Signs of Slowdown in Israeli Tech

In 2017, more Israeli-linked startups are raising money with downgraded valuations, according to a new report

Meir Orbach 13:2322.10.17
The Israeli tech sector is showing signs of a slowdown, according to a new report by Israel-based law firm Shibolet & Co. based on venture financing data.


 In the first half of 2017, 10% of all Israeli-linked startups that have reported funding deals raised money according to a valuation lower than the one used in previous funding rounds, according to the new report, published Wednesday. For comparison, the equivalent share of down-rounds was 7% in 2016 and 8% in 2015.


Tel Aviv's coastline, where many of the country's tech companies are located Tel Aviv's coastline, where many of the country's tech companies are located



The downturn reported is in line with wider industry trends: 16% of Silicon Valley companies raised according to lower valuations in the first half of 2017 compared to 13% in 2016 and 8% in 2015.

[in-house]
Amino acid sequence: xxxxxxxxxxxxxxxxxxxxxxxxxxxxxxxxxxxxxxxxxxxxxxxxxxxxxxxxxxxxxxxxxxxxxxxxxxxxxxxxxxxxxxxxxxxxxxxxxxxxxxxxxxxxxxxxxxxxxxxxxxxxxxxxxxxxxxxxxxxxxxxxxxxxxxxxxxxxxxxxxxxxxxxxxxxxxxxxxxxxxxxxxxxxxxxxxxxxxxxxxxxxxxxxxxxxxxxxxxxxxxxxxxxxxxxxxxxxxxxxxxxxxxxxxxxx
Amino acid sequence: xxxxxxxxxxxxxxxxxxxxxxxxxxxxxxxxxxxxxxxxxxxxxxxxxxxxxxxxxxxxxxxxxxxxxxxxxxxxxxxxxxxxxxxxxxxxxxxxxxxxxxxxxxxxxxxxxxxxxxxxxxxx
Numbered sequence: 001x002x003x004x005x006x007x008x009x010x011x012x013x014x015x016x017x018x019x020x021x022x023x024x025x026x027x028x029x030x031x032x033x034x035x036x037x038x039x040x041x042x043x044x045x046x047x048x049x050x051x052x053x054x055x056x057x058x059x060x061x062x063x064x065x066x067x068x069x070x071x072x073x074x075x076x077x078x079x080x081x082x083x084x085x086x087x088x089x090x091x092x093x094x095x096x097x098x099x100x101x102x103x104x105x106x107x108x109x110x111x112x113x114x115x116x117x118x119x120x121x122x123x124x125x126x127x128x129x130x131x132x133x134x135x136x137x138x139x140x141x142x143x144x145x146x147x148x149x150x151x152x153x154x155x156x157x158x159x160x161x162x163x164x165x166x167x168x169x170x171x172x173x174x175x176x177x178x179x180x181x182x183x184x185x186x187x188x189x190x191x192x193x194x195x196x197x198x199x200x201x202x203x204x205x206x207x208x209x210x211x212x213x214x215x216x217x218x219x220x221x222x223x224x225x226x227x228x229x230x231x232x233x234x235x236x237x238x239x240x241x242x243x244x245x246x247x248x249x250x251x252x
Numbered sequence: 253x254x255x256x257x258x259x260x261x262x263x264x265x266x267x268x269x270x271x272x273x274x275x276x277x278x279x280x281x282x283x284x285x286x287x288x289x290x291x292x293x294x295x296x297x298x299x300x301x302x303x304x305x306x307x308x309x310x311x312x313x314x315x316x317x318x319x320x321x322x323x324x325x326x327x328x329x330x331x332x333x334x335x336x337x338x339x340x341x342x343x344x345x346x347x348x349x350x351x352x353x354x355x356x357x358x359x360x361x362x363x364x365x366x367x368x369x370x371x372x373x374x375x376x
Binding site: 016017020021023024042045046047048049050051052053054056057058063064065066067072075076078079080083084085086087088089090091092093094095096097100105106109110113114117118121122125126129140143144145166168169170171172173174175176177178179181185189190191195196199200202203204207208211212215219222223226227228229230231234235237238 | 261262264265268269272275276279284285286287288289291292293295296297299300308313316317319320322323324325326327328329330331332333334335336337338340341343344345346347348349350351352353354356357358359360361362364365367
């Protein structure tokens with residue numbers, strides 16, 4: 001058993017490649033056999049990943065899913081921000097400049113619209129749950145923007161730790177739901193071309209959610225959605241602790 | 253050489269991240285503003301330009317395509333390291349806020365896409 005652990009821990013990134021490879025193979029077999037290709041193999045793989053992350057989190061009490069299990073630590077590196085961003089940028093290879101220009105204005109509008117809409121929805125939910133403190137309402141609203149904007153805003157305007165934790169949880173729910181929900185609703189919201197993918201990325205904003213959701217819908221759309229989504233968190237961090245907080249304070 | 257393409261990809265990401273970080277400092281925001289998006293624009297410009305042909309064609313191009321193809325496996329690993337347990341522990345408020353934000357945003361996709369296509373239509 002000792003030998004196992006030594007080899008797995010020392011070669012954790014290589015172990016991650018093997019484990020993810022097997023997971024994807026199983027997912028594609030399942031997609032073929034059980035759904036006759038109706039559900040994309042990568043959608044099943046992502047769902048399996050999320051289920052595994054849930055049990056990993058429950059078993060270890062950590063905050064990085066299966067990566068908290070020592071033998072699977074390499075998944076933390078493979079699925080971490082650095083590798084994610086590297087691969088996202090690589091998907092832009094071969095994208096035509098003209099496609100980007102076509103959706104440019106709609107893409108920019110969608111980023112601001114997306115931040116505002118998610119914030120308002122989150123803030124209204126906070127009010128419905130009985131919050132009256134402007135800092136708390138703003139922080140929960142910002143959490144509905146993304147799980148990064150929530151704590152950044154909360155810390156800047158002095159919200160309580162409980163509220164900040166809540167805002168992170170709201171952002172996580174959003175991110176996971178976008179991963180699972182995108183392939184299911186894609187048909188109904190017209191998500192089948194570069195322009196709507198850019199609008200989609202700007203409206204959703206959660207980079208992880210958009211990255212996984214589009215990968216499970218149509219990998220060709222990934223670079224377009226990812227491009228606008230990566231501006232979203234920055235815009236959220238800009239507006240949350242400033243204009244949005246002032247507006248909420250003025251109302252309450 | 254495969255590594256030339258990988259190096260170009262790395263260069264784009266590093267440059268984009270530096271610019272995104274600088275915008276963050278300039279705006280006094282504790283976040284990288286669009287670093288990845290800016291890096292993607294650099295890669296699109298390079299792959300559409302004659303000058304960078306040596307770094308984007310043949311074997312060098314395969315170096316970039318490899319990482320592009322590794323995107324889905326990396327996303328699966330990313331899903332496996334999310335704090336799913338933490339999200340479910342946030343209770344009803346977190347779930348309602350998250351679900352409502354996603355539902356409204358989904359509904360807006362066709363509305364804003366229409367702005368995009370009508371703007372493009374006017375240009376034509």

Shibolet’s analysis is published by the company's tech practice twice a year. Data regarding Silicon Valley is supplied by U.S.-based firm Fenwick & West LLP, a technology and startup-focused law firm with offices in Silicon Valley.


In Israel, most of the down-rounds occurred in Series B and later funding rounds. 25% of all Israeli down-rounds pertained to companies that raised advanced funding rounds—Series E or higher, compared to 17% of mature Silicon Valley companies.


13% of the companies that reported decreased valuations, raised a Series B funding round, in Israel and in Silicon Valley. While a down-round may be due to a natural screening process of companies, early down-rounds may be a sign “that low-quality investments were made in the first stage (quantity at the expense of quality),” according to the report’s authors.


The increase in down-rounds came at the expense of up-rounds. 84% of Israeli companies reported raising funds according to an increase valuation in the first half of 2017, compared to 90% in 2016 and 84% in 2015.


The increased share of down-rounds may be due to a slowdown the industry, according to the report authors. Regulations issued by Chinese government in 2016 limiting foreign investments were also mentioned as a possible cause.
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